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Night shifts - air traffic control

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  • #16
    If ATC employee is relocated to a different tower any time over a two year they can take 64hrs off.


    Excused Absences (Article 29)
    Several circumstances exist where employees are either entitled to, or may be granted, excused absences from work at no loss of pay or charges to accrued leave.* The most common examples would be for brief tardiness, whole blood or platelet donations, and for activities associated with a permanent change of duty station.*
    The entitlement for excused absences for relocation of duty station applies to all transfers, including initial assignment after completion of the FAA Academy.* The number of hours, up to sixty-four, is determined by the employee.* Employees may choose to utilize this requirement at any point within two years of the relocation.* For instance, an employee can report to their new facility on the effective date of the transfer, and then return to their prior geographical area three months later to pack up their belongings and transfer them to the new location.


    Now that's a union! 9 extra days off!

    This is in addition to 10 days house hunting.

    Section 4. House-hunting trips, not to exceed ten (10) calendar days, shall be authorized when the distance between the old and new official duty stations is at least seventy-five (75) miles.

    Section 5. Employees will be reimbursed for subsistence costs while occupying temporary quarters for a period of up to sixty (60) days. Any time expended in a house-hunting trip is included in the initial sixty (60) day period. Temporary quarters authorizations shall be extended in thirty (30) day increments for compelling reasons in accordance with the FTR. Such reimbursement applies to moves within the United States, its territories and possessions, and the Commonwealth of Puerto Rico.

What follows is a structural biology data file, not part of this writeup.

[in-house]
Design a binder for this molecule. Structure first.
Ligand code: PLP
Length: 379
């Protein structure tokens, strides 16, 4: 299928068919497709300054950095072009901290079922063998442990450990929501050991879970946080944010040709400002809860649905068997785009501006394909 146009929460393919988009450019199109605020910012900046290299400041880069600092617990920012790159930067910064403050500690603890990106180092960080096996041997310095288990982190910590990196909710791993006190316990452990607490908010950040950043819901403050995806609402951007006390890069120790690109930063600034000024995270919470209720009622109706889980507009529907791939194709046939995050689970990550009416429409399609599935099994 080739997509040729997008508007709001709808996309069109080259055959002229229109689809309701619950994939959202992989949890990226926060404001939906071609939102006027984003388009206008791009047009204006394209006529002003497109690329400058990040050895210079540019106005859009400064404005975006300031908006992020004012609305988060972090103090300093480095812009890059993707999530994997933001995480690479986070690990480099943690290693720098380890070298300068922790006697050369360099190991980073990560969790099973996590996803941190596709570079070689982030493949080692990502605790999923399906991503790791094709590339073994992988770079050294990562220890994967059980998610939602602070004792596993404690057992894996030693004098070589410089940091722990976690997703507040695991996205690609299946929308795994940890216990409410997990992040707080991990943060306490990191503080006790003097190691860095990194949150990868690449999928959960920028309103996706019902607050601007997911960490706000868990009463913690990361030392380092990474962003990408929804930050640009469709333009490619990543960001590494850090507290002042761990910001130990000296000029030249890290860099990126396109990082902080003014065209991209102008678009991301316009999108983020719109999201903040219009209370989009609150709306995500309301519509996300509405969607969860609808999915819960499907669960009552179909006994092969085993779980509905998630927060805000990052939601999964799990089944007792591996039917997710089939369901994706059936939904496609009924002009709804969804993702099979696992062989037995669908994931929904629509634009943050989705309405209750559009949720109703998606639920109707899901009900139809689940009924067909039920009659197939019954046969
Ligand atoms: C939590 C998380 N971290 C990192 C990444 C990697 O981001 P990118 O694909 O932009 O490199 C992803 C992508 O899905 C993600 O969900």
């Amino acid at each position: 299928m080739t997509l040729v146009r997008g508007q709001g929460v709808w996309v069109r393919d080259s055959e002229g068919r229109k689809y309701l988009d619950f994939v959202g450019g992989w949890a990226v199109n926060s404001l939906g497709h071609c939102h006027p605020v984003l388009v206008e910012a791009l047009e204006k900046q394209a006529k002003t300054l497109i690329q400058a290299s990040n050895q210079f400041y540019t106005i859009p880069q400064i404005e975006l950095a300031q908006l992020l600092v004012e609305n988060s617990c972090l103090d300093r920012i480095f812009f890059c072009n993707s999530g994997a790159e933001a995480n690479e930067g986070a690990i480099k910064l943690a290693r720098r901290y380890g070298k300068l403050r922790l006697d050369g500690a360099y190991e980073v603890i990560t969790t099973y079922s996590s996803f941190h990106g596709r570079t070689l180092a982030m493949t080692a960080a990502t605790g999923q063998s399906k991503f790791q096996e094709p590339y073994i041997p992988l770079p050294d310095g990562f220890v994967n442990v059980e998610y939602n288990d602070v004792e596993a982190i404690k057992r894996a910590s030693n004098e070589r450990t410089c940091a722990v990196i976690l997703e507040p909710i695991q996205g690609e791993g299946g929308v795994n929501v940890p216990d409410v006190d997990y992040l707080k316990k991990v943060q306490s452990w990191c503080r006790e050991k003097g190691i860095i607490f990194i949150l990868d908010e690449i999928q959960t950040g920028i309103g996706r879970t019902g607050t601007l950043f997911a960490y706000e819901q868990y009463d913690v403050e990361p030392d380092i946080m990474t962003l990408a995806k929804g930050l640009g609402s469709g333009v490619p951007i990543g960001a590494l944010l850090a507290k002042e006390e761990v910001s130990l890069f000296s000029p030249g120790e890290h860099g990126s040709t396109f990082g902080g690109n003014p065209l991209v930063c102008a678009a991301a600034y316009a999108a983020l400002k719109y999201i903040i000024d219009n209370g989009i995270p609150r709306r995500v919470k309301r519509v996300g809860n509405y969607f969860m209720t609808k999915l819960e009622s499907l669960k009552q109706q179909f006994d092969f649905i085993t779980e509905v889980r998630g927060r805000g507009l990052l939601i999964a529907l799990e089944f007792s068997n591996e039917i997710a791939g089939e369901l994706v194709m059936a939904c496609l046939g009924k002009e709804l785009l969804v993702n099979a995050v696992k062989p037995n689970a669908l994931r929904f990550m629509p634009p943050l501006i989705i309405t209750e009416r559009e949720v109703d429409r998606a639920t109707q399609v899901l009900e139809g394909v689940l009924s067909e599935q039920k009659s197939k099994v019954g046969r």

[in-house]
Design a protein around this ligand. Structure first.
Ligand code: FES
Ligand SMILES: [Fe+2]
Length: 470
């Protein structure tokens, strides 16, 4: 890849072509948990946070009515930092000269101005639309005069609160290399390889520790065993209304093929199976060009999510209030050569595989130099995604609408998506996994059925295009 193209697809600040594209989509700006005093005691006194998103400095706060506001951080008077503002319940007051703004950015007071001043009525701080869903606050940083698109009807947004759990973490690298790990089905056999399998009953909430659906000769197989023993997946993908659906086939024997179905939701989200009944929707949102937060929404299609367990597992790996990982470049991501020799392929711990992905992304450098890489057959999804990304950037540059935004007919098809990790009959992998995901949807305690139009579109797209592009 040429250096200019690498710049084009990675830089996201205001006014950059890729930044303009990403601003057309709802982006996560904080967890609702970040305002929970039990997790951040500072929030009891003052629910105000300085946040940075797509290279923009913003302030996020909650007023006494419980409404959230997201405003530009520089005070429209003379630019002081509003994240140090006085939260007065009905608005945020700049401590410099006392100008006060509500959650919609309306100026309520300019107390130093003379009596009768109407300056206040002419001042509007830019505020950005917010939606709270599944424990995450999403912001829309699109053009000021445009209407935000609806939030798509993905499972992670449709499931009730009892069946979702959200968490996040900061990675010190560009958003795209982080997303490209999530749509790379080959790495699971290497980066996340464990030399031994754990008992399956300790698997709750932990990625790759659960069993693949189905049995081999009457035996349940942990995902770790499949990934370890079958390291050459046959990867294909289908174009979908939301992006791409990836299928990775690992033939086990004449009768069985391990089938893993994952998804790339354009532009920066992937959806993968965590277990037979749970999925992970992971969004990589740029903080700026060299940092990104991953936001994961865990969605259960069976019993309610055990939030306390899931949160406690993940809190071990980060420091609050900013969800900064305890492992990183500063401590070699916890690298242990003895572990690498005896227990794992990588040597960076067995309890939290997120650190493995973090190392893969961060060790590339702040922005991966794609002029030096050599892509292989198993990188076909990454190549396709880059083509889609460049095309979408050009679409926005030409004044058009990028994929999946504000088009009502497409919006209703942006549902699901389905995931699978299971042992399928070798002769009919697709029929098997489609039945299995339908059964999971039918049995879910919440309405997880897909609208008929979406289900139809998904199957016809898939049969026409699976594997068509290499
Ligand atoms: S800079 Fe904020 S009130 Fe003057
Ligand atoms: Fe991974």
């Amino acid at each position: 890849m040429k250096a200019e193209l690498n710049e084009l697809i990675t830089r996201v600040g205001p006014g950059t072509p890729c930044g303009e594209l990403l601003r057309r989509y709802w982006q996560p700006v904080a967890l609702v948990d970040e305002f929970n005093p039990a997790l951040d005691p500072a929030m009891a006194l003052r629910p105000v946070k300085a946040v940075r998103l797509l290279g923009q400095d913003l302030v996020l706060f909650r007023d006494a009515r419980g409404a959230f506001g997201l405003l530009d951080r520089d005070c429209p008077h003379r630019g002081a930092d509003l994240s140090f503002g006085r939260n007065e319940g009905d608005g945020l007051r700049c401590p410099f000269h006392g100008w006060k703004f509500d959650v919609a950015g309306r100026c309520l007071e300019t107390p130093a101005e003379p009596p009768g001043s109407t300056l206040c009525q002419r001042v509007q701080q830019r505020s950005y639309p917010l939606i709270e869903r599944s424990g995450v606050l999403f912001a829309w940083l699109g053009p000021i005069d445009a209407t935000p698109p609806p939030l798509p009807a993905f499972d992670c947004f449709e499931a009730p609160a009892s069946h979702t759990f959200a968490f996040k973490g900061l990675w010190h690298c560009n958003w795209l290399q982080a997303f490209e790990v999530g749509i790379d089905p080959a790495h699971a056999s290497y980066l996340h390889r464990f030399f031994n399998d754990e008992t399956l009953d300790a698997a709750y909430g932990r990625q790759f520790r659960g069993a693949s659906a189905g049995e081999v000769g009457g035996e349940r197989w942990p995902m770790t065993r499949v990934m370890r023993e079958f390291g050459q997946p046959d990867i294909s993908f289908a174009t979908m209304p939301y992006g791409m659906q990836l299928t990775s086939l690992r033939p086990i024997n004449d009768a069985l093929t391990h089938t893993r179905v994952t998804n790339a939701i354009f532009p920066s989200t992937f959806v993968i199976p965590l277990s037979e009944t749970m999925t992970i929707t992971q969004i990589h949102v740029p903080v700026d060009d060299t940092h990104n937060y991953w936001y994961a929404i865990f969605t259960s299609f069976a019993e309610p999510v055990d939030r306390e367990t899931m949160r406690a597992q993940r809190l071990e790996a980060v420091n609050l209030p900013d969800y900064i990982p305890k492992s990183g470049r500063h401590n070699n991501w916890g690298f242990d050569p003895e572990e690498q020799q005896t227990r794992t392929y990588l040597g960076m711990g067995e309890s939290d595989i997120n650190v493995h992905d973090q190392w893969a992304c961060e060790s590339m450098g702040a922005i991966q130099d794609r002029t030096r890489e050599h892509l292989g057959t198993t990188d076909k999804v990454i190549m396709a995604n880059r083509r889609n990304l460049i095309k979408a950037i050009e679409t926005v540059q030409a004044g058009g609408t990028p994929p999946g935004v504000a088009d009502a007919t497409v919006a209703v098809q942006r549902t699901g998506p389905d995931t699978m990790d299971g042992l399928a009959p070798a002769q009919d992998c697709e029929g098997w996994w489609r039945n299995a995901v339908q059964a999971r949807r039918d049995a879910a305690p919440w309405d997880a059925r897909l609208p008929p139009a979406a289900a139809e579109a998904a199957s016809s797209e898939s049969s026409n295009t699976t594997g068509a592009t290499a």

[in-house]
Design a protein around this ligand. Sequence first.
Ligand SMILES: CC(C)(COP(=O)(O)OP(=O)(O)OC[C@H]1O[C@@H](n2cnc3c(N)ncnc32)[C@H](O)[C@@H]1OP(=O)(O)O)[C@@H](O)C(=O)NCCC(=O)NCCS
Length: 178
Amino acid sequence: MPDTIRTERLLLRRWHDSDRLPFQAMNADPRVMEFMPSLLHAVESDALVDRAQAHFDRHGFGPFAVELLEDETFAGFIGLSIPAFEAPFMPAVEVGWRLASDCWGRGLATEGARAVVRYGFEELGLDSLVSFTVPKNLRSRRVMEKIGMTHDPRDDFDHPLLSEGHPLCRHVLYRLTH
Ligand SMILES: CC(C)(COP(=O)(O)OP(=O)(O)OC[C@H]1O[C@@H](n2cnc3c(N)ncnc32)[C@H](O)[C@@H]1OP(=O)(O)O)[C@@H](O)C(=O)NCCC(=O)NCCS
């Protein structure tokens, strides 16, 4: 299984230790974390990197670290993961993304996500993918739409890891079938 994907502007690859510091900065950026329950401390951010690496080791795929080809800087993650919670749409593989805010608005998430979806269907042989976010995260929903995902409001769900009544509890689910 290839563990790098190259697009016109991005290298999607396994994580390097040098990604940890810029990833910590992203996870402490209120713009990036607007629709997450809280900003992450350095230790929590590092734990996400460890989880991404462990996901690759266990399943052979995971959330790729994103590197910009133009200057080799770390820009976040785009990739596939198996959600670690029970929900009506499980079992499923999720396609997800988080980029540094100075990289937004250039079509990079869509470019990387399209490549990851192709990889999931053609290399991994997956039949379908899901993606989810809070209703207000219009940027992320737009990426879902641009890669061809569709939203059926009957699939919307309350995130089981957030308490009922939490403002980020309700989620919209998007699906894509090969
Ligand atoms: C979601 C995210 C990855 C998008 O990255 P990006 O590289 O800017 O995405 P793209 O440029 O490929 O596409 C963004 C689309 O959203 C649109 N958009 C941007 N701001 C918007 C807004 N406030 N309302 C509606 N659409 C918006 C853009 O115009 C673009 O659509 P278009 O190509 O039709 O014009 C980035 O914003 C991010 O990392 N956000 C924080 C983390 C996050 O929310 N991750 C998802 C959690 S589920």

Last edited by ryker; 04-19-2011, 04:02 PM.
    Any views or opinions presented by this prenomen are solely those of a burlesque author and do not necessarily represent those of a LEA or caementum couturier.

    nom de plume

    This is the internet- take all information with a grain of salt. Such could be valid and true or could be typed just for playing devils advocate.

    Comment


    • #17
      Reinstates the 2003 Contract language regarding the responsibility of supervisors in ensuring that employees do not exceed 2 hours on position without a break away from the operational area.
      “Requests for an employee leaving the facility for short periods of time shall not be unreasonably denied.”
      Any views or opinions presented by this prenomen are solely those of a burlesque author and do not necessarily represent those of a LEA or caementum couturier.

      nom de plume

      This is the internet- take all information with a grain of salt. Such could be valid and true or could be typed just for playing devils advocate.

      Comment


      • #18
        Air Traffic Controllers also have careers that are shorter than regular employees, a fact confirmed by the Director of the U.S. Office of Personnel Management, Kay Cole James. Therefore, they have fewer years of employment to provide their families with financial security.
        The very same argument could be used for dozens of low paid jobs including LE.
        Any views or opinions presented by this prenomen are solely those of a burlesque author and do not necessarily represent those of a LEA or caementum couturier.

        nom de plume

        This is the internet- take all information with a grain of salt. Such could be valid and true or could be typed just for playing devils advocate.

        Comment


        • #19
          Originally posted by ryker View Post
          Reinstates the 2003 Contract language regarding the responsibility of supervisors in ensuring that employees do not exceed 2 hours on position without a break away from the operational area.
          “Requests for an employee leaving the facility for short periods of time shall not be unreasonably denied.”